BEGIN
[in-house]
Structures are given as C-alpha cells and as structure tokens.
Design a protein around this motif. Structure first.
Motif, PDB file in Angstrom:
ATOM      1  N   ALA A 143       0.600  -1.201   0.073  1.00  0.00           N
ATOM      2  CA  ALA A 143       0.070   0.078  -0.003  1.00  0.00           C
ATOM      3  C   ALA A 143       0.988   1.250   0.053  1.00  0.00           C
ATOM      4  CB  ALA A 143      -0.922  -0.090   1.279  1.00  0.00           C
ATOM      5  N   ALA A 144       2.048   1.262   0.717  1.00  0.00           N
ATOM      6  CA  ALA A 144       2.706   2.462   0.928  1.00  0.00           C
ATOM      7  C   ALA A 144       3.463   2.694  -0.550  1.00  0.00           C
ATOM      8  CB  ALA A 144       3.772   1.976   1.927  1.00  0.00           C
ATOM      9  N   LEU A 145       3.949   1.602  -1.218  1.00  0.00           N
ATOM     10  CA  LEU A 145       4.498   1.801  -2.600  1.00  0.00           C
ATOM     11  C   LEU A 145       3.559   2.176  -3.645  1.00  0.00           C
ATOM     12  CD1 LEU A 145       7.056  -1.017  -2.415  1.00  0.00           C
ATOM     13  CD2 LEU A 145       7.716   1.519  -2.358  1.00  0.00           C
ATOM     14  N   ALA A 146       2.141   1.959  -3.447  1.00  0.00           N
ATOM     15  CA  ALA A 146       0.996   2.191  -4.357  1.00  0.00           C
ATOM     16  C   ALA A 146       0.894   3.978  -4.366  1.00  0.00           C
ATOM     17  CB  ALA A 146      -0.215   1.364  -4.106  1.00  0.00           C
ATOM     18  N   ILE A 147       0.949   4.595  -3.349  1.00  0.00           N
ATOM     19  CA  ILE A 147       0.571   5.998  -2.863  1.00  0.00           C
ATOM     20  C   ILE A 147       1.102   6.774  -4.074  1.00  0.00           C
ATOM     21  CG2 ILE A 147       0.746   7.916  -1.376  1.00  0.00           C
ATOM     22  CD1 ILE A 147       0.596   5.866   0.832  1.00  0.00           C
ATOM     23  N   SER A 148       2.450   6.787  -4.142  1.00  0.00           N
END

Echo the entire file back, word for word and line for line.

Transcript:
[in-house]
Structures are given as C-alpha cells and as structure tokens.
Design a protein around this motif. Structure first.
Motif, PDB file in Angstrom:
ATOM      1  N   ALA A 143       0.600  -1.201   0.073  1.00  0.00           N
ATOM      2  CA  ALA A 143       0.070   0.078  -0.003  1.00  0.00           C
ATOM      3  C   ALA A 143       0.988   1.250   0.053  1.00  0.00           C
ATOM      4  CB  ALA A 143      -0.922  -0.090   1.279  1.00  0.00           C
ATOM      5  N   ALA A 144       2.048   1.262   0.717  1.00  0.00           N
ATOM      6  CA  ALA A 144       2.706   2.462   0.928  1.00  0.00           C
ATOM      7  C   ALA A 144       3.463   2.694  -0.550  1.00  0.00           C
ATOM      8  CB  ALA A 144       3.772   1.976   1.927  1.00  0.00           C
ATOM      9  N   LEU A 145       3.949   1.602  -1.218  1.00  0.00           N
ATOM     10  CA  LEU A 145       4.498   1.801  -2.600  1.00  0.00           C
ATOM     11  C   LEU A 145       3.559   2.176  -3.645  1.00  0.00           C
ATOM     12  CD1 LEU A 145       7.056  -1.017  -2.415  1.00  0.00           C
ATOM     13  CD2 LEU A 145       7.716   1.519  -2.358  1.00  0.00           C
ATOM     14  N   ALA A 146       2.141   1.959  -3.447  1.00  0.00           N
ATOM     15  CA  ALA A 146       0.996   2.191  -4.357  1.00  0.00           C
ATOM     16  C   ALA A 146       0.894   3.978  -4.366  1.00  0.00           C
ATOM     17  CB  ALA A 146      -0.215   1.364  -4.106  1.00  0.00           C
ATOM     18  N   ILE A 147       0.949   4.595  -3.349  1.00  0.00           N
ATOM     19  CA  ILE A 147       0.571   5.998  -2.863  1.00  0.00           C
ATOM     20  C   ILE A 147       1.102   6.774  -4.074  1.00  0.00           C
ATOM     21  CG2 ILE A 147       0.746   7.916  -1.376  1.00  0.00           C
ATOM     22  CD1 ILE A 147       0.596   5.866   0.832  1.00  0.00           C
ATOM     23  N   SER A 148       2.450   6.787  -4.142  1.00  0.00           N